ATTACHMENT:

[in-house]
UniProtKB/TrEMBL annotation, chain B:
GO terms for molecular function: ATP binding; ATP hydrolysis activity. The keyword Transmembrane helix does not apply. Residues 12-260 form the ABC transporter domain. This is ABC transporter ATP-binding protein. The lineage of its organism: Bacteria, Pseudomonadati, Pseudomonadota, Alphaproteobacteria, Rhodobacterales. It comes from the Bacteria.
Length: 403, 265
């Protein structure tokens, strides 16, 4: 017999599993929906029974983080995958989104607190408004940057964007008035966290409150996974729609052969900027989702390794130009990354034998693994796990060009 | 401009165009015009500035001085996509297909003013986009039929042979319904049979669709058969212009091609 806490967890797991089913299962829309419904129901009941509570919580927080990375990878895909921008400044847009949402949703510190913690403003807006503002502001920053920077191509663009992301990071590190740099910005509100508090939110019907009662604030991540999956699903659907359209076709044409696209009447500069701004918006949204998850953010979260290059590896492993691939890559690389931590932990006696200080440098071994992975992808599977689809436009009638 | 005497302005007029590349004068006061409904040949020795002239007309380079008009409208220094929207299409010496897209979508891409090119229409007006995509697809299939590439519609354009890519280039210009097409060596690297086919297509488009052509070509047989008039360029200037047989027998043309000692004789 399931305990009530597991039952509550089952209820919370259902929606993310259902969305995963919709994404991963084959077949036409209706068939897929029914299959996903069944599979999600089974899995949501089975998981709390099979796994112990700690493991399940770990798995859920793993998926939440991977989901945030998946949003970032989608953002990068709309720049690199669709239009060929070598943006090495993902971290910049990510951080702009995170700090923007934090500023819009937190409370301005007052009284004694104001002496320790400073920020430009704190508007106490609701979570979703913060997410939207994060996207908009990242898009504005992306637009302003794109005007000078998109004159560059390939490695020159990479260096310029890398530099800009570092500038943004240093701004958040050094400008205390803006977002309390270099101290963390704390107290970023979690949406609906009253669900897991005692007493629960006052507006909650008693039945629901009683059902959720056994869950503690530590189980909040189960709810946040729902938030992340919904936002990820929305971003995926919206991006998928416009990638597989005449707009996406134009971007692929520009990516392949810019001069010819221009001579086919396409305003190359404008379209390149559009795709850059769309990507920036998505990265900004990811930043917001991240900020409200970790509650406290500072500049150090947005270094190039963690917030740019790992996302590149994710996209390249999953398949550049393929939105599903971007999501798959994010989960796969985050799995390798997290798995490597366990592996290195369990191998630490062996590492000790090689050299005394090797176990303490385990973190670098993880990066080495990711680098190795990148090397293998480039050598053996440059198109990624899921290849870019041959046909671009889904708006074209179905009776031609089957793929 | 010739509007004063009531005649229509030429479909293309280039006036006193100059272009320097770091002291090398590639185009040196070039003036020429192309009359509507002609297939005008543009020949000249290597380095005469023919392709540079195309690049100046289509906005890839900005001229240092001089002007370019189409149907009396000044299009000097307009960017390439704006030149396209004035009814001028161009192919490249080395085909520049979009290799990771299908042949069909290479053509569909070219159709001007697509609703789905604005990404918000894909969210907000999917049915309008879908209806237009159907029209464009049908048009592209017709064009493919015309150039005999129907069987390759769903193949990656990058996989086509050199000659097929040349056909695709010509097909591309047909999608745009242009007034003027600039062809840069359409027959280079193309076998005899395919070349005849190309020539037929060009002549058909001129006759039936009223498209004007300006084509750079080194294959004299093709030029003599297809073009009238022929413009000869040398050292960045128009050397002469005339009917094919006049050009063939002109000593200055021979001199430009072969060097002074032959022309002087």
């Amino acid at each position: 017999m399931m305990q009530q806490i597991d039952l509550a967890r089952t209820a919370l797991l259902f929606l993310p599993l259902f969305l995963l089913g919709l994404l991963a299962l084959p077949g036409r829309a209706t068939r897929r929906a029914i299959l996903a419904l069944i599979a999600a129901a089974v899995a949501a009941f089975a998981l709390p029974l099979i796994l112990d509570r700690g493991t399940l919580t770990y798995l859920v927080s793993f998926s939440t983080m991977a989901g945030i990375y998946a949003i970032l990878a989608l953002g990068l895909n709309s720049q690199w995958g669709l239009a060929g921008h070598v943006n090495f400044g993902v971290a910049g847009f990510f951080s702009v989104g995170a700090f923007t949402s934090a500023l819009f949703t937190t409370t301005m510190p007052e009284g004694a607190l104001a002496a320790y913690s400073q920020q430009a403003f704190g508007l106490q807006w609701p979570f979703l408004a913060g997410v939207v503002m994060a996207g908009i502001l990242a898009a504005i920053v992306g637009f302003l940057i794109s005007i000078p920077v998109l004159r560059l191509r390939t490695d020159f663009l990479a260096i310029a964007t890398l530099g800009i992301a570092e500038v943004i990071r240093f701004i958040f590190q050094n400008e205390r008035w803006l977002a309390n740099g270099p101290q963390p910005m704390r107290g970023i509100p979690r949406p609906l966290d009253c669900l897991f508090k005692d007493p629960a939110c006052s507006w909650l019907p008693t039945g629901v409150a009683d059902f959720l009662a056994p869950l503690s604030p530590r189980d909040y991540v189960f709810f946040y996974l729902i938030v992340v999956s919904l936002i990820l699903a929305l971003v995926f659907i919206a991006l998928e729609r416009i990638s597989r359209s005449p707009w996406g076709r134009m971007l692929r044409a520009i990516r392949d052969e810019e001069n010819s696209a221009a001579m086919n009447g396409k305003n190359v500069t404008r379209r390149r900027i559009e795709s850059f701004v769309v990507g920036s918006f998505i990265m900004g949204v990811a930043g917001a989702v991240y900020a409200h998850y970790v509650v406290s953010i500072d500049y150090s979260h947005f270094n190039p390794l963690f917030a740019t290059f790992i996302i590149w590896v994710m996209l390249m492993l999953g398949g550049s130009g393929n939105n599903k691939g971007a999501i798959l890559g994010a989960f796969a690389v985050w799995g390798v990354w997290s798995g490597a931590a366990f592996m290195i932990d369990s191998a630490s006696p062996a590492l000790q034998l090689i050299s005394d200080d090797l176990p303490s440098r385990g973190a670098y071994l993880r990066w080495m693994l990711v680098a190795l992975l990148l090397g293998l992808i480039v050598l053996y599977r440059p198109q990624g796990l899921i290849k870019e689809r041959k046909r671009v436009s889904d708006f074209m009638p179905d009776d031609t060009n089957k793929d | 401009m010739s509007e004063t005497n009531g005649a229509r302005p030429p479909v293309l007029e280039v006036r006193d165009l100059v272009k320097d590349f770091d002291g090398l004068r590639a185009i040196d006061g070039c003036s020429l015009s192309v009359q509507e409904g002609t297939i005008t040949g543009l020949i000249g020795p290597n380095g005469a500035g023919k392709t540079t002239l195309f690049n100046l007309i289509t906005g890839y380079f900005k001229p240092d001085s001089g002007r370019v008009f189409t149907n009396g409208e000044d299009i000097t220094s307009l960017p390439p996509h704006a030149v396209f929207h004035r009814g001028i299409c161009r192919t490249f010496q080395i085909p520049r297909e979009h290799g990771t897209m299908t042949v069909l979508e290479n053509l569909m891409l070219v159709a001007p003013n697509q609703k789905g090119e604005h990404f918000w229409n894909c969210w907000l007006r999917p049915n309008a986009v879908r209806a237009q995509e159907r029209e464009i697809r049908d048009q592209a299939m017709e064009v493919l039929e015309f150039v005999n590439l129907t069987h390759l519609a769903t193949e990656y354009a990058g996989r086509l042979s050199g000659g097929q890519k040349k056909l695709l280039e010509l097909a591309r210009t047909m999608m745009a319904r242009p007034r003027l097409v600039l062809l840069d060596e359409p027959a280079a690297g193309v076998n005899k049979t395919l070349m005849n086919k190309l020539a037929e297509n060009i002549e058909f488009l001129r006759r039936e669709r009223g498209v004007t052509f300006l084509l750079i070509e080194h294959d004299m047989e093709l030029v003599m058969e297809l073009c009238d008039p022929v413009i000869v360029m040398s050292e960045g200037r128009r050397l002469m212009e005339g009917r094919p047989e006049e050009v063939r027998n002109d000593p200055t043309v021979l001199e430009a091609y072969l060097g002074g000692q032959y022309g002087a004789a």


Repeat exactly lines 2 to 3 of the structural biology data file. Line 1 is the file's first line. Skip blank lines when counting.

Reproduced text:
UniProtKB/TrEMBL annotation, chain B:
GO terms for molecular function: ATP binding; ATP hydrolysis activity. The keyword Transmembrane helix does not apply. Residues 12-260 form the ABC transporter domain. This is ABC transporter ATP-binding protein. The lineage of its organism: Bacteria, Pseudomonadati, Pseudomonadota, Alphaproteobacteria, Rhodobacterales. It comes from the Bacteria.